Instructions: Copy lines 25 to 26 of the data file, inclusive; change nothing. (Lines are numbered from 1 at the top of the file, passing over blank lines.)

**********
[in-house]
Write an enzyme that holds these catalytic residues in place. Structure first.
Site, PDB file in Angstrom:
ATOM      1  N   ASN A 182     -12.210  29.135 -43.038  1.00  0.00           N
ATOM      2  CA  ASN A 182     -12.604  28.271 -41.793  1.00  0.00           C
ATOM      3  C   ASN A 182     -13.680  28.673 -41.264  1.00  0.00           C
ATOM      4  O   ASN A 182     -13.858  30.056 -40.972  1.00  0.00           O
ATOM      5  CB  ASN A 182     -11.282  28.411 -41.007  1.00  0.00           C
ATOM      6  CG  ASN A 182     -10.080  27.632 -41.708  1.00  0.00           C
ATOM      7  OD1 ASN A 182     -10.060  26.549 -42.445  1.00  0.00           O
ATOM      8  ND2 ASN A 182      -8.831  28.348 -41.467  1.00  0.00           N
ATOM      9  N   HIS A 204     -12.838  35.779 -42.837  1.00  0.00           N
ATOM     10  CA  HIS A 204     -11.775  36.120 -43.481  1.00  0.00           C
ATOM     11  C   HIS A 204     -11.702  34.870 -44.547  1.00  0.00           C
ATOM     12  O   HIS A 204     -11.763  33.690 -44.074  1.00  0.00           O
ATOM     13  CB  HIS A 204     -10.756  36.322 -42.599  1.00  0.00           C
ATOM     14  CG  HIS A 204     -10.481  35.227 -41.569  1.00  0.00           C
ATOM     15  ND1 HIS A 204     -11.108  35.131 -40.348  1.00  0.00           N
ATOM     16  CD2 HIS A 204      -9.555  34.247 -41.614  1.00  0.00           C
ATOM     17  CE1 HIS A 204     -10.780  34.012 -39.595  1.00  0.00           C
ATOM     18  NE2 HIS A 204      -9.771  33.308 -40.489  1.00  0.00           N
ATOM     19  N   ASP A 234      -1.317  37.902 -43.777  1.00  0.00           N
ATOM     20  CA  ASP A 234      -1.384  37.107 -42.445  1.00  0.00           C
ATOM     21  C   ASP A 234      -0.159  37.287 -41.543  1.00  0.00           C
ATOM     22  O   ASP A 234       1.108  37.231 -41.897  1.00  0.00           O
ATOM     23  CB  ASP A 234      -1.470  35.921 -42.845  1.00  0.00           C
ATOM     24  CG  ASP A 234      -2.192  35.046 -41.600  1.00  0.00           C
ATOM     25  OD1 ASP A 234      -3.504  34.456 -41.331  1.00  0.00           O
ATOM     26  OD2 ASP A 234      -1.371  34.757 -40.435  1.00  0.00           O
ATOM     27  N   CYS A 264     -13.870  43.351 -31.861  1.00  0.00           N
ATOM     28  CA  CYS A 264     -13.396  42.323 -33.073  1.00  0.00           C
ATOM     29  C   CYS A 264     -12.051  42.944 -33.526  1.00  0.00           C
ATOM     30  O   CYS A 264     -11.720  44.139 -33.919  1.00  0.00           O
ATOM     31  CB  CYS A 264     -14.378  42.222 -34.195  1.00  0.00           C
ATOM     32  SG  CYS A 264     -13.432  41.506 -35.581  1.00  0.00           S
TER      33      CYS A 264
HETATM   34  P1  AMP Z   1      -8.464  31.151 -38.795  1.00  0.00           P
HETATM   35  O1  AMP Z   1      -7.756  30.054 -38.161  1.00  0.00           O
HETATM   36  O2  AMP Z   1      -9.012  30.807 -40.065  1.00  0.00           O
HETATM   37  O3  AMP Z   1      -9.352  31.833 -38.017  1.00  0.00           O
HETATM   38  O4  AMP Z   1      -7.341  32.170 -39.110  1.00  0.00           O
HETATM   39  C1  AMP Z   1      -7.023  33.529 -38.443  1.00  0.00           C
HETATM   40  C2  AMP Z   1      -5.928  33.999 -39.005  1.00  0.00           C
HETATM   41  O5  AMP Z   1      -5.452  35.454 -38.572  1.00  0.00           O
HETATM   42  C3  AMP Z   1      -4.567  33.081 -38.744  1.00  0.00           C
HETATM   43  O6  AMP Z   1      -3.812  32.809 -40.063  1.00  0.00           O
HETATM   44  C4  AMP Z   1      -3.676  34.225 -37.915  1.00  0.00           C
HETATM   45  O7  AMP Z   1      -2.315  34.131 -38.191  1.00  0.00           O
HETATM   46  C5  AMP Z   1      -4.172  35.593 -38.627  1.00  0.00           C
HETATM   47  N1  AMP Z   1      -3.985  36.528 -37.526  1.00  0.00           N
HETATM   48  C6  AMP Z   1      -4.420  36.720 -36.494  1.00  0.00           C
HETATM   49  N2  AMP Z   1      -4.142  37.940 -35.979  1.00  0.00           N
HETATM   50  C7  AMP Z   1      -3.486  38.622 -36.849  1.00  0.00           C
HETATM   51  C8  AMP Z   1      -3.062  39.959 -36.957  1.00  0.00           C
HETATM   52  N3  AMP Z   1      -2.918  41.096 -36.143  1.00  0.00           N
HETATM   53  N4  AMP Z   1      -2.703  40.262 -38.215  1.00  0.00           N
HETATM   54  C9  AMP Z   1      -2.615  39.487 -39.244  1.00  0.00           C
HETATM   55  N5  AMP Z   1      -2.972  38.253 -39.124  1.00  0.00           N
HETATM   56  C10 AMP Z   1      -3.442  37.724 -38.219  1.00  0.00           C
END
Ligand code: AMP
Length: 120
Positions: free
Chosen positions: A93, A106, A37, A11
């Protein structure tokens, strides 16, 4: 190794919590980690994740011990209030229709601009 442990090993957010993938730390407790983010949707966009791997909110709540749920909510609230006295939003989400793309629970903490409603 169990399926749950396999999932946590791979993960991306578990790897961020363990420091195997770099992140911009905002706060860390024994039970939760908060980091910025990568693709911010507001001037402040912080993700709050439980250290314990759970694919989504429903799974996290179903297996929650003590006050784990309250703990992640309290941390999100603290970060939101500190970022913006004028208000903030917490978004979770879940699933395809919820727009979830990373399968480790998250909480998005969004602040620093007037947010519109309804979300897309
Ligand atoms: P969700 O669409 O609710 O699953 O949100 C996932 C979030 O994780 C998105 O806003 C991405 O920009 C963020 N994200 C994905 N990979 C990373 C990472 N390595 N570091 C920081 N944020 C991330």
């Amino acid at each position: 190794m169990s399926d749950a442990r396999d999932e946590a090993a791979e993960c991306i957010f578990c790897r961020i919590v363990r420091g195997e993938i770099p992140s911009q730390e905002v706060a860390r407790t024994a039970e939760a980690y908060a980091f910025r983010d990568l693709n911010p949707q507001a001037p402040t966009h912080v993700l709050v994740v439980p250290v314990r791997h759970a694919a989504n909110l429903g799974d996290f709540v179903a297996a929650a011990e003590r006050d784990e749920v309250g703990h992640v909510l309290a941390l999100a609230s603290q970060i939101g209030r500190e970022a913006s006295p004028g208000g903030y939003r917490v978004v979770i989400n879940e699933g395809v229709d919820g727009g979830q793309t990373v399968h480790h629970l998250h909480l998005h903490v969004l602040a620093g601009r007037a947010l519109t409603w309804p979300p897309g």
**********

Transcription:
ATOM     22  O   ASP A 234       1.108  37.231 -41.897  1.00  0.00           O
ATOM     23  CB  ASP A 234      -1.470  35.921 -42.845  1.00  0.00           C